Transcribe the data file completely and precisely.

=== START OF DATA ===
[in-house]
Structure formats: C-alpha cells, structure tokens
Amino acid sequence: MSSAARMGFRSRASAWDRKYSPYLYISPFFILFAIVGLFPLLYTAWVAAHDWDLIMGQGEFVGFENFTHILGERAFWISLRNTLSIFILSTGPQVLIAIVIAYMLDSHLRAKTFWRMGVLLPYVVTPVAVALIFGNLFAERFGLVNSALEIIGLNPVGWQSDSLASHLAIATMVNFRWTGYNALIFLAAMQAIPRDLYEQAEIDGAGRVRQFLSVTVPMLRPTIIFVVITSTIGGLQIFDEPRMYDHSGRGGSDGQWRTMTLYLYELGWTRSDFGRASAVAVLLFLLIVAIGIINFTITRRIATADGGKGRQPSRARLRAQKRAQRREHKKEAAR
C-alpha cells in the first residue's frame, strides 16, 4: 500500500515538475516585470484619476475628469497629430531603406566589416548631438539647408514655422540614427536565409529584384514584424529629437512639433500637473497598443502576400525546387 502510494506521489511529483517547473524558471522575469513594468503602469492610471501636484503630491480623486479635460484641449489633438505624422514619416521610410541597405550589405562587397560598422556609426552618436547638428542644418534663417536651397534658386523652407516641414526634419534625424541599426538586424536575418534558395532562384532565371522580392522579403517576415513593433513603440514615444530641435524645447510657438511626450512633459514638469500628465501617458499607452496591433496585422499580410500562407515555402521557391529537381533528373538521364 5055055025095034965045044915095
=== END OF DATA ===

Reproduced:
[in-house]
Structure formats: C-alpha cells, structure tokens
Amino acid sequence: MSSAARMGFRSRASAWDRKYSPYLYISPFFILFAIVGLFPLLYTAWVAAHDWDLIMGQGEFVGFENFTHILGERAFWISLRNTLSIFILSTGPQVLIAIVIAYMLDSHLRAKTFWRMGVLLPYVVTPVAVALIFGNLFAERFGLVNSALEIIGLNPVGWQSDSLASHLAIATMVNFRWTGYNALIFLAAMQAIPRDLYEQAEIDGAGRVRQFLSVTVPMLRPTIIFVVITSTIGGLQIFDEPRMYDHSGRGGSDGQWRTMTLYLYELGWTRSDFGRASAVAVLLFLLIVAIGIINFTITRRIATADGGKGRQPSRARLRAQKRAQRREHKKEAAR
C-alpha cells in the first residue's frame, strides 16, 4: 500500500515538475516585470484619476475628469497629430531603406566589416548631438539647408514655422540614427536565409529584384514584424529629437512639433500637473497598443502576400525546387 502510494506521489511529483517547473524558471522575469513594468503602469492610471501636484503630491480623486479635460484641449489633438505624422514619416521610410541597405550589405562587397560598422556609426552618436547638428542644418534663417536651397534658386523652407516641414526634419534625424541599426538586424536575418534558395532562384532565371522580392522579403517576415513593433513603440514615444530641435524645447510657438511626450512633459514638469500628465501617458499607452496591433496585422499580410500562407515555402521557391529537381533528373538521364 5055055025095034965045044915095